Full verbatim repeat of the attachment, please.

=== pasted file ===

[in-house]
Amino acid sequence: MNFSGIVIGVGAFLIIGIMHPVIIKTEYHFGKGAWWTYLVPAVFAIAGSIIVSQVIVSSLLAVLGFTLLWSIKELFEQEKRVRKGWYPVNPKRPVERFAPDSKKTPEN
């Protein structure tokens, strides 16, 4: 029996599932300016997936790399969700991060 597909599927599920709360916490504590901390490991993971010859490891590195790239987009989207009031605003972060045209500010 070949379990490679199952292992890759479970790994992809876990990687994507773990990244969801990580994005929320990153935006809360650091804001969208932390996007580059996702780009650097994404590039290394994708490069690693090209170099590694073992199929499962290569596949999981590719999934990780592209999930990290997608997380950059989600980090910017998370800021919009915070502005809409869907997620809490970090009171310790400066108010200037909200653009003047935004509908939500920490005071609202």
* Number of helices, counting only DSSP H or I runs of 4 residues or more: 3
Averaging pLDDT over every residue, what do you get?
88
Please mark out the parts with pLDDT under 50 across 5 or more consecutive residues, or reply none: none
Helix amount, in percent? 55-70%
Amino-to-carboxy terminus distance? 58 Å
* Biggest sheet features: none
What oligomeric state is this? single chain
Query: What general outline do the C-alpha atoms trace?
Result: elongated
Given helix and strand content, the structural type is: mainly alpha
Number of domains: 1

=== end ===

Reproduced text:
[in-house]
Amino acid sequence: MNFSGIVIGVGAFLIIGIMHPVIIKTEYHFGKGAWWTYLVPAVFAIAGSIIVSQVIVSSLLAVLGFTLLWSIKELFEQEKRVRKGWYPVNPKRPVERFAPDSKKTPEN
């Protein structure tokens, strides 16, 4: 029996599932300016997936790399969700991060 597909599927599920709360916490504590901390490991993971010859490891590195790239987009989207009031605003972060045209500010 070949379990490679199952292992890759479970790994992809876990990687994507773990990244969801990580994005929320990153935006809360650091804001969208932390996007580059996702780009650097994404590039290394994708490069690693090209170099590694073992199929499962290569596949999981590719999934990780592209999930990290997608997380950059989600980090910017998370800021919009915070502005809409869907997620809490970090009171310790400066108010200037909200653009003047935004509908939500920490005071609202």
* Number of helices, counting only DSSP H or I runs of 4 residues or more: 3
Averaging pLDDT over every residue, what do you get?
88
Please mark out the parts with pLDDT under 50 across 5 or more consecutive residues, or reply none: none
Helix amount, in percent? 55-70%
Amino-to-carboxy terminus distance? 58 Å
* Biggest sheet features: none
What oligomeric state is this? single chain
Query: What general outline do the C-alpha atoms trace?
Result: elongated
Given helix and strand content, the structural type is: mainly alpha
Number of domains: 1